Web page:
Eat healthy kids, or you won't remember that I posted this thread...

Discussion in 'Miscellaneous' started by mba2012, Dec 17, 2013.

  1. *clicks on link*
    Hmm. That is interesting
    *closes link*
    Sees thread again but doesn't remember
    *opens link*
    hmm, that is interesting
    *closes link*
    sees thread

    repeat infinitely
  2. *throws green food, Olaf instantly remembers what is happening*
    Jimbonothing64 likes this.
  3. or as my father once said 'Dirty green things'
    mba2012 likes this.
  4. "The team placed rats on a diet high in sugar and fat and compared their performance with rodents on a healthy diet."
    Wait, what? They used rats? I'm fairly sure rats aren't exactly the same as humans. (correct me if I'm wrong :D)

    "Lead researcher Margaret Morris says the rats on the poor diet developed an impaired memory after just six days."
    Six days? Isn't that a bit early to come to conclusions? I'd expected at least a month, looking at a longer period of time.

    ""It's a little bit to early for us to say that two are causally related, but we believe that the inflammatory change is probably highly relevant for the cognitive decline," she said."
    Wait, so they aren't sure yet? Why speak about it already then?

    Who paid for this research? Also, did those researchers know which rats had a healthy diet en which had the junk food diet?

    And, finally, after this wall o' text, why do I have this feeling that this is going to be like those neutrinos? You know, those parts travelling faster than light?
    mba2012 likes this.
  5. Correct, rats are not the same as humans. However, they are used as a very common means of testing things that would be difficult/dangerous to test on humans. And I'm pretty sure the researchers were keeping track of healthy vs non-healthy rats, otherwise there'd be no point to the whole experiment. While it's good to question things, this seems like a pretty straightforward preliminary scientific study.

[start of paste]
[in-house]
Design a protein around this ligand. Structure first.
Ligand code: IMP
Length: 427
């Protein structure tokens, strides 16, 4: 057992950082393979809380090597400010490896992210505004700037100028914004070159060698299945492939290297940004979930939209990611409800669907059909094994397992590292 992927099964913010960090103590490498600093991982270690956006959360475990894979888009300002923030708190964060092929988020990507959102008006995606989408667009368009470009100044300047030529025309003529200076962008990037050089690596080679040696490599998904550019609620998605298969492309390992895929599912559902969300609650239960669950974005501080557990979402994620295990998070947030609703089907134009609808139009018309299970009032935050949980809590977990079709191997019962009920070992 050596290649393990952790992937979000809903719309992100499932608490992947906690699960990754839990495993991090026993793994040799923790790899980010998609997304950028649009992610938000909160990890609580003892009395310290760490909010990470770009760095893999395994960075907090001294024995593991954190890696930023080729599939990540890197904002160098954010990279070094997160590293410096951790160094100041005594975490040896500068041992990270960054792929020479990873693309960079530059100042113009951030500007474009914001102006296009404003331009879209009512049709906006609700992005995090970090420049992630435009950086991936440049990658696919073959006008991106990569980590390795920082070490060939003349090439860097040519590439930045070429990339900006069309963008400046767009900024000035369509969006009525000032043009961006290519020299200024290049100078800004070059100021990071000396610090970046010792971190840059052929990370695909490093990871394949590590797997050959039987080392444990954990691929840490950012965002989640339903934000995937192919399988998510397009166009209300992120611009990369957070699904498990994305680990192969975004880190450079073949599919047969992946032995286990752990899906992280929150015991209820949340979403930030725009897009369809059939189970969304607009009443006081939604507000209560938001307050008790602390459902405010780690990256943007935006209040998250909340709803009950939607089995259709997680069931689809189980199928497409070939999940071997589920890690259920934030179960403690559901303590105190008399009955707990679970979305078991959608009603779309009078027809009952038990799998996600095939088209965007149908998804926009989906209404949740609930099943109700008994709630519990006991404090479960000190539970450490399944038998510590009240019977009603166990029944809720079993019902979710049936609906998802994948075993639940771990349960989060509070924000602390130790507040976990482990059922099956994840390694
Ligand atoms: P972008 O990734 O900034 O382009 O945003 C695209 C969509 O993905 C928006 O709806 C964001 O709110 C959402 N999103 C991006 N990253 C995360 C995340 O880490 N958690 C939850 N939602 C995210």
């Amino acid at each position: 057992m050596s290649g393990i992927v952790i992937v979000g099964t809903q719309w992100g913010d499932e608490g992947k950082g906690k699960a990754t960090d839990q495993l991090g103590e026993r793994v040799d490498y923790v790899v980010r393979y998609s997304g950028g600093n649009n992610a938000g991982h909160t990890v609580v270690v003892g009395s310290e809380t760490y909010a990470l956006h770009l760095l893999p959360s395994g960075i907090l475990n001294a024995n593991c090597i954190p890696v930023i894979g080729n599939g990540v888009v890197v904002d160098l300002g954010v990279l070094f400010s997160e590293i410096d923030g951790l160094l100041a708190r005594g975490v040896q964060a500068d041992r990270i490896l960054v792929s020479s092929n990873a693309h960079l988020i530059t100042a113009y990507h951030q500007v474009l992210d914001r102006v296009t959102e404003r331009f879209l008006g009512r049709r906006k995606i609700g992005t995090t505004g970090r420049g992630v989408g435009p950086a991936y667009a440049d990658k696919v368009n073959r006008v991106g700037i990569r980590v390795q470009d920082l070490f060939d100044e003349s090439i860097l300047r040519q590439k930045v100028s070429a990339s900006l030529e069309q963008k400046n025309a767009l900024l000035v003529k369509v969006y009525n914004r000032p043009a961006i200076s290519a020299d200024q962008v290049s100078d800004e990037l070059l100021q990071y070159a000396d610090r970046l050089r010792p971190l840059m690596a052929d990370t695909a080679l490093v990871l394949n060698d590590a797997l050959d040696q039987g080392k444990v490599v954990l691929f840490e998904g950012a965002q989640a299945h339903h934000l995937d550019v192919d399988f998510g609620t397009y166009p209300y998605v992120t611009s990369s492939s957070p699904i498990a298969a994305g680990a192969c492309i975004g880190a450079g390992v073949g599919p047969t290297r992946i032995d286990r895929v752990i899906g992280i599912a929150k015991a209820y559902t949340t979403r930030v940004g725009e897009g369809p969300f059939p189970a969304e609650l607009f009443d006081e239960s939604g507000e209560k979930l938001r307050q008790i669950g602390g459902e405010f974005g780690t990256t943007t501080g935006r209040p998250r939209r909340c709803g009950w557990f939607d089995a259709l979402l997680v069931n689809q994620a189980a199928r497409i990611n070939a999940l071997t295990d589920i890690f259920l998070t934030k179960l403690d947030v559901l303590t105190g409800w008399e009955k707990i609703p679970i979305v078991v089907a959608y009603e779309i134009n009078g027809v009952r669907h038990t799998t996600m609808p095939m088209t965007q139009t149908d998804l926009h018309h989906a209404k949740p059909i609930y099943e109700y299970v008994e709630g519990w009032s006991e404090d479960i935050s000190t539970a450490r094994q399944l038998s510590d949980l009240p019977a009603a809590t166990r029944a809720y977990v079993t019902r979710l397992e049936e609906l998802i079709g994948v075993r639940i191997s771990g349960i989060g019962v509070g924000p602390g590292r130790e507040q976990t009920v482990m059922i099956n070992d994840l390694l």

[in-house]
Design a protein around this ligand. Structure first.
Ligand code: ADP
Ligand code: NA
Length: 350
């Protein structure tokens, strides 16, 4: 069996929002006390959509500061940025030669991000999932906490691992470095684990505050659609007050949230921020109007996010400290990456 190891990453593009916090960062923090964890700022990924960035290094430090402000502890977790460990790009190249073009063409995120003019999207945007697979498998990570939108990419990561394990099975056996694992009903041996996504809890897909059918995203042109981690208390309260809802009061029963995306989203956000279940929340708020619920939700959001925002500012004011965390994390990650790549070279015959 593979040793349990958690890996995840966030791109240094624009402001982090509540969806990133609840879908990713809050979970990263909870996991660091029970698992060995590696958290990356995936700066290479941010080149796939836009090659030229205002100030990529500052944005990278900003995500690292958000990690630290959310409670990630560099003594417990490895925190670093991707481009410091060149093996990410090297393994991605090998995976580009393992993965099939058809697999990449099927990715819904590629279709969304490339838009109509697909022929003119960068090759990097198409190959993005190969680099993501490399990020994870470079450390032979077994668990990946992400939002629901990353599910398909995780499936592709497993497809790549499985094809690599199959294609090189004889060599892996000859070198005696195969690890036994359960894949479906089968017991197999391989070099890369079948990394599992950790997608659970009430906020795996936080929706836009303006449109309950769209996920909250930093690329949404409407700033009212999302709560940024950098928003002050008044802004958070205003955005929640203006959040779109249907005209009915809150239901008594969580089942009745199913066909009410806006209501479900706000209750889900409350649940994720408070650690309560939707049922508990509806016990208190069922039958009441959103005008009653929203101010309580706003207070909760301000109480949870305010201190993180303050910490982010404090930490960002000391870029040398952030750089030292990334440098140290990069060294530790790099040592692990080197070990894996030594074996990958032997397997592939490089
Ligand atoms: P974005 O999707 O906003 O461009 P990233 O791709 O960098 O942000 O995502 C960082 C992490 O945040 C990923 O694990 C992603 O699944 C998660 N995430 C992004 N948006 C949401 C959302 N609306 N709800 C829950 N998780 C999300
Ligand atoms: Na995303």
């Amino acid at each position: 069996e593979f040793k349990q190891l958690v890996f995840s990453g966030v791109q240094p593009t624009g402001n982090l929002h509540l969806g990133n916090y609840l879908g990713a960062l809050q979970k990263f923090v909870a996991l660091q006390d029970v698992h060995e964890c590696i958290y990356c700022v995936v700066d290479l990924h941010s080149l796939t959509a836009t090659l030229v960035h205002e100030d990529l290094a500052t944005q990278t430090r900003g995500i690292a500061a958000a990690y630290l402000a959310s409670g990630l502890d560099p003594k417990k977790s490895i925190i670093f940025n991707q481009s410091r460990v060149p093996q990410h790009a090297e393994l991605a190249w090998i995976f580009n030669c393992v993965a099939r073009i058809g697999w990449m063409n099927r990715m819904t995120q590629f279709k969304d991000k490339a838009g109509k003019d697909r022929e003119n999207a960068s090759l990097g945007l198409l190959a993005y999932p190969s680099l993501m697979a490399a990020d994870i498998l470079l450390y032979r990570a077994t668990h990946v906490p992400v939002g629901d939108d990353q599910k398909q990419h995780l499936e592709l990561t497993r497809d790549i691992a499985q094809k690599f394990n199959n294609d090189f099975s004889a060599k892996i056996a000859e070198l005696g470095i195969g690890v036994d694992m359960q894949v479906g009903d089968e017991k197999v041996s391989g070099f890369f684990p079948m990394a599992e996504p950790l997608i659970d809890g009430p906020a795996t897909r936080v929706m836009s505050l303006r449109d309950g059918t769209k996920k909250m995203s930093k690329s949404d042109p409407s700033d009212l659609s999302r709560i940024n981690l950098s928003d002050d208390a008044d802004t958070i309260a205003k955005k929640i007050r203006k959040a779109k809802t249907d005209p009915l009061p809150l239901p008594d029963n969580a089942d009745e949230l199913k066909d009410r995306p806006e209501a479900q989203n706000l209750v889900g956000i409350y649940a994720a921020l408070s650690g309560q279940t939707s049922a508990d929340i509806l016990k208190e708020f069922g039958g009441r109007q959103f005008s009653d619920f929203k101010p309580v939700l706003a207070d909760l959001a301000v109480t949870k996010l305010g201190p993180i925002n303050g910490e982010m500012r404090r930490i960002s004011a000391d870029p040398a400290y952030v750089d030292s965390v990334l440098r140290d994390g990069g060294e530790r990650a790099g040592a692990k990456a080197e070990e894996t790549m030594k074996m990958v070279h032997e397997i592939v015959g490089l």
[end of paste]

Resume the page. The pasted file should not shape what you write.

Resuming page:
Kaizimir likes this.
  6. Might be due to higher metabolism rates as rats aren't the same as humans ;) But there has been a self experiment with similar results: 30 days fast food only!!

    It usually is a good sign if a scientist is careful with his/her claims. There is nothing like 100% certainty. But if it's going to be published in a peer reviewed journal there is a good chance it is quality science.
    cddm95ace likes this.
  7. It's all university research, so you can trust it pretty well. Although, it's not from Australias' best uni ;)

    Anyways, they obviously would have conducted the tests for a long up, upwards of a month or more, but they are simply stating that they noticed changes within six days.

    And people have habits of saying they found something when they didn't. When CERN said they found the Higgs Boson, they actually hadn't, they only thought they had. Luckily, they had. Same thing with those particles that they saw travelling faster than light, turned out to be false :p
  8. Don't rats have the same brain structure has humans? I am not sure, I can't really remember :p
  9. I looked at this. Forgot. Then found it again >.<
  10. they use rats for a few reasons,
    1. they are mammals so they have a similar body structure to us as well as all the same organs
    2. most laboratory rats are those white kind you see in pet stores, which are specifically bred to fit the same genetype and have minimum defects meaning evidence across control groups is more conclusive.
    3. rats have similar social structures to humans and are widely accepted by the scientific community to have the same overactive prefrontal cortex as humans and thus they are able to communicate more effectively and solve problems quicker then most mammals. (same reason why rodents are smarter then cats)
    4. due to groups like peta and other animal rights activists science is limited in what it is allowed to use in actual application. rats are more readily accepted because they are commonly viewed as vermin. even with that subset there are groups trying to stop rodent testing.

    as far as this test goes i would like to see more data. i think what jaari was getting at is correlation does not equal causation. some questions would be how large was the control and test group? what environment was the test performed under? were the testers aware of which group was which? what was the previous diet of the rats? and a couple other things that this article didnt really include.